As recycling rate drops, California should embrace innovative recycling technologies

By Tim Shestek, Special to CalMatters

California’s recycling rate has fallen from a peak of 50% to 40%, well short of the 75%-by-2020 goal established by the Legislature, according to a recent report by CalRecycle, the state agency that manages recycling programs.

Several factors have contributed to the decline: material generation is outpacing recycling, debris from several major wildfires generated additional waste and new import restrictions imposed by China shut off markets for many materials, particularly paper and plastics. 

Several suggestions on how best to respond to this situation have been discussed, including Senate Bill 54 that would set new requirements on manufacturers to recycle or compost 75 percent of their packaging material by 2030. Industry initiatives by organizations such as the Recycling Partnership are examining ways to improve our existing recycling systems, including industry-paid financing arrangements to improve the recycling infrastructure for a variety of materials. 

Our traditional recycling systems can and must be improved. 

But reaching ambitious 75% recycling targets requires embracing new thinking, new tools and new technologies to complement our existing systems.  Now is the time for California to harness the power of innovative, advanced recycling technologies to further enhance our ability to recover and repurpose waste materials, especially plastics.

Advanced recycling technologies complement mechanical recycling by converting plastics with less market value back into feedstocks to manufacture new products. Companies like Oregon-based Agilyx are turning polystyrene – both rigid and foam packaging – back into their original styrene molecules that can then be used to make new packaging.  Utah-based Renewlogy was recently awarded a new contract with the City of Phoenix to divert #3-#7 plastics that previously would be exported to China.  Phoenix Mayor Kate Gallego said, “During a time when cities are giving up on recycling, Phoenix is again leading the way in setting the gold standard for innovation and creativity.”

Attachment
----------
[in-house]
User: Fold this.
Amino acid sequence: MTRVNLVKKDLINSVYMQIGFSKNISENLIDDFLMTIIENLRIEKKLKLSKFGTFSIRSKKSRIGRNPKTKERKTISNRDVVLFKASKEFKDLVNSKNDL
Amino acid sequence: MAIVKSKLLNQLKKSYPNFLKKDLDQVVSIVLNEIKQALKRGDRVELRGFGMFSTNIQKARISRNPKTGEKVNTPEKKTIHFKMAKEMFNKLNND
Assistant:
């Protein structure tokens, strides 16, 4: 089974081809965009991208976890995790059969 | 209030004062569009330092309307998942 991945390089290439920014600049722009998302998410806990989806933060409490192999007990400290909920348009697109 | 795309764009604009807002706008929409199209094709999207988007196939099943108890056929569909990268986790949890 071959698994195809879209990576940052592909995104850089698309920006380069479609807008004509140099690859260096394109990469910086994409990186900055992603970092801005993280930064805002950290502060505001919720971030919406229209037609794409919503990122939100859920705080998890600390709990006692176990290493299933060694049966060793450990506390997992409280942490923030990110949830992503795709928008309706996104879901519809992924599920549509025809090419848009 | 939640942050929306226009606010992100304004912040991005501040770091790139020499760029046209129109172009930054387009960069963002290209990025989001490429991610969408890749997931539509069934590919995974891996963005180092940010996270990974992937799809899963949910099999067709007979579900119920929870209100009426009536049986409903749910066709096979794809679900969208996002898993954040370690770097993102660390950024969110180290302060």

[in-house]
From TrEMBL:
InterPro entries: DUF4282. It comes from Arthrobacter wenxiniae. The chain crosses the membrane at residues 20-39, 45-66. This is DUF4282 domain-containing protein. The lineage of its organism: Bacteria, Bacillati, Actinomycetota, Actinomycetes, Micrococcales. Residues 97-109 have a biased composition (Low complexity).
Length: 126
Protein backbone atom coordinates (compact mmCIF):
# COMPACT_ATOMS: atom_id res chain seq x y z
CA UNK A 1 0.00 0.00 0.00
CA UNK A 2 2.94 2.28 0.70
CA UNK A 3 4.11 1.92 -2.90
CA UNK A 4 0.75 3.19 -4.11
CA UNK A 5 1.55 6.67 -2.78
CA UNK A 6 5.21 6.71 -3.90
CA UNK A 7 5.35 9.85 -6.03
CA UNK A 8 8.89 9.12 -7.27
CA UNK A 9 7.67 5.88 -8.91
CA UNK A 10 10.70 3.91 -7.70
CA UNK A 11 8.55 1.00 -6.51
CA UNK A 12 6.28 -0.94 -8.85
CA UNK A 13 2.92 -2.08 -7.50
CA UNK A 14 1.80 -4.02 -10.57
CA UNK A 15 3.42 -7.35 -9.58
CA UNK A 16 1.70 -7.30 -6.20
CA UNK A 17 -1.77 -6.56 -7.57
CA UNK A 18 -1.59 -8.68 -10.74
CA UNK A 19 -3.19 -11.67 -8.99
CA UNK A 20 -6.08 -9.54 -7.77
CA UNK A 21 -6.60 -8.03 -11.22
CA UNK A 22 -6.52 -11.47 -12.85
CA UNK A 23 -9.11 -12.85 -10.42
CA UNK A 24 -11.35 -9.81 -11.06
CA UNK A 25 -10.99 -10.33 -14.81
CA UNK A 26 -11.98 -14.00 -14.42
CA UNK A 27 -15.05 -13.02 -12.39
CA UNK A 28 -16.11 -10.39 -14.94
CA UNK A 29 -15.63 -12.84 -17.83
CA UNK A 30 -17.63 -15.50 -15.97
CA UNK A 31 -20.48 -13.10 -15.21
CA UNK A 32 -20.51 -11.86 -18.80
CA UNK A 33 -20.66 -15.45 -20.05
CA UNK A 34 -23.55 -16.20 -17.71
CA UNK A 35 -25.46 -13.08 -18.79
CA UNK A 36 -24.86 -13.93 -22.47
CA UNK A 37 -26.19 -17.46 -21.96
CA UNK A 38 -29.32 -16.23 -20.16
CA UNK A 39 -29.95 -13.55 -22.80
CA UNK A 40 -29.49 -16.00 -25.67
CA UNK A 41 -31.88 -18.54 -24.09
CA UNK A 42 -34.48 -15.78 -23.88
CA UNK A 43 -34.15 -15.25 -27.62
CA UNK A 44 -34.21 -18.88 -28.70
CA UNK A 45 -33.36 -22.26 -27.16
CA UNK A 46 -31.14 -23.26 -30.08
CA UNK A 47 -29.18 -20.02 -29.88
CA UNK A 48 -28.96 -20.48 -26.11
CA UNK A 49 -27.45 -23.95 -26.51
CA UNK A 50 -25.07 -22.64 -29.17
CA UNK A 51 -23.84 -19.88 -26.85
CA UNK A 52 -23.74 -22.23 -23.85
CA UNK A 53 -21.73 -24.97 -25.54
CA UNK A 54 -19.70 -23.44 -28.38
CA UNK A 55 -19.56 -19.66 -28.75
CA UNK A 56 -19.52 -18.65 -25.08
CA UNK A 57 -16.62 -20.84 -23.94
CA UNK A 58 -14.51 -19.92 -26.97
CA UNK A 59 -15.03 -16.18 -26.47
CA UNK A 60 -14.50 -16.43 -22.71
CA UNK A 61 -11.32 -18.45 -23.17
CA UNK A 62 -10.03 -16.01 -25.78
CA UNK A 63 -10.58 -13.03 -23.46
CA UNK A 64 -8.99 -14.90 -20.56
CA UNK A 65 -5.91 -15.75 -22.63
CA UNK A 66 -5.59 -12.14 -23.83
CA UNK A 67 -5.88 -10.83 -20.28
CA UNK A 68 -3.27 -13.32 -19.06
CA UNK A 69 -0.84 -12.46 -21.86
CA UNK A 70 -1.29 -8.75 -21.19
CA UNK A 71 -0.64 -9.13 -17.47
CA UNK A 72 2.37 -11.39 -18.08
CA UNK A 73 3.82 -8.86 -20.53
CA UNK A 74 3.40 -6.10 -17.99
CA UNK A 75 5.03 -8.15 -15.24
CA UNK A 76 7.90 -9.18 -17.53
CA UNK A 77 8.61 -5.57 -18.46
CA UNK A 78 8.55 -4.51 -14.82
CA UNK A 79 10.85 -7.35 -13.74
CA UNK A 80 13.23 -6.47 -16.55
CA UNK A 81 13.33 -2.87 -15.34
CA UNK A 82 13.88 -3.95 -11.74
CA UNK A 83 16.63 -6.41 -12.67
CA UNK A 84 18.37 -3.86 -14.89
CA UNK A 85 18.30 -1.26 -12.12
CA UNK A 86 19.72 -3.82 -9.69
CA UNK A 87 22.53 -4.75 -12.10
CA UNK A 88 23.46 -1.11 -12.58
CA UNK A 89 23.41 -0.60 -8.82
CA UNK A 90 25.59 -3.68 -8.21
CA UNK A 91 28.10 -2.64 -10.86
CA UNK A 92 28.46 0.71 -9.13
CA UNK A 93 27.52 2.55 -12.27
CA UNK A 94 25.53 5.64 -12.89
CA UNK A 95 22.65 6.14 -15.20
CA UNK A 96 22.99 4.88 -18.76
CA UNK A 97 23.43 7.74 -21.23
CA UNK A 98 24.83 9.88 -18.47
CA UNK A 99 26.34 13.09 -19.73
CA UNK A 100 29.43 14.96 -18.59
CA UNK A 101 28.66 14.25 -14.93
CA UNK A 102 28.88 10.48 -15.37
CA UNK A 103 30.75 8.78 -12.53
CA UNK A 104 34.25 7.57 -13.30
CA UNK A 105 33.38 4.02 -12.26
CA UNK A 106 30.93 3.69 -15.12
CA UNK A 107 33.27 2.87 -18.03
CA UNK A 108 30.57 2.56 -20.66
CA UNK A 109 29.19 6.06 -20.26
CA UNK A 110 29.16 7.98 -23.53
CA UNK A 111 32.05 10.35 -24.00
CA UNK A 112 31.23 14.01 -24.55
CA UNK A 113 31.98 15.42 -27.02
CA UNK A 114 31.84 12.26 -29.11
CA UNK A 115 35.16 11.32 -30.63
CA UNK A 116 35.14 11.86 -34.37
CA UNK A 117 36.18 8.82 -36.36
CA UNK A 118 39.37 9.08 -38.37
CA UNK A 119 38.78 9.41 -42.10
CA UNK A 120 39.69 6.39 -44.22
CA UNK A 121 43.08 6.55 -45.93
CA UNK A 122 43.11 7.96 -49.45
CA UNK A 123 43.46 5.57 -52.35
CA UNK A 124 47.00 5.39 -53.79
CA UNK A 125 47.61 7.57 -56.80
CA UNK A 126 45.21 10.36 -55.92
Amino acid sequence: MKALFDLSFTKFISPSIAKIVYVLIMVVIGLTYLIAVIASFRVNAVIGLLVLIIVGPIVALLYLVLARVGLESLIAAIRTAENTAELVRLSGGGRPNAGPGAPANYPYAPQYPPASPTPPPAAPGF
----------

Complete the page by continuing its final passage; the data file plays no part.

Additional companies around the country are taking these plastics and creating high-value products for new plastics and chemicals; basic chemicals such as methanol that can be used as cleaning products; waxes for candles and crayons; and other products like synthetic crude oil.  Plastics once destined for the landfill now have a new purpose.  

Yet, while other states have embraced these innovative technologies, California lags behind. 

Outdated solid waste management laws narrowly define what constitutes acceptable recycling processes. Proposed regulations by CalRecycle would actually limit the use of advanced technologies in managing food service packaging used at state facilities. 

Making the situation worse are critics who wrongly argue these technologies are akin to incineration. While these claims may make for good political rhetoric, scientific data reveals a different story. A chemical engineering professor at the City College of New York stated “emissions from facilities that use a common advanced recycling technology (pyrolysis) were typically found to be lower compared to many industrial and commercial facilities, such as food manufacturing, hospitals, and universities.”  Plus, any facility operated in California would be subject to strict environmental federal, state and local permitting requirements for air, water, land and waste. 

Finally, California could miss out on the huge economic benefits of these recycling innovations. Closed Loop Partners found there is a potential addressable market of $120 billion in economic opportunity via advanced technologies for plastics and petrochemicals. 

If California was recovering just 25 percent of the plastics sent to landfills annually in the state, advanced recycling facilities would generate $1.3 billion in economic impact and create 5,000 jobs.  

California’s declining recycling rate should concern everyone. That’s why now is the time to invest in new technologies and explore new ideas to help manage these challenges. Innovation will help bolster our ability to repurpose waste materials, increase our overall recovery rates, and simultaneously create new economic opportunities.  What is California waiting for?

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Tim Shestek, based in Sacramento, is senior director for state affairs with the American Chemistry Council, [email protected].  He wrote this commentary for CalMatters.

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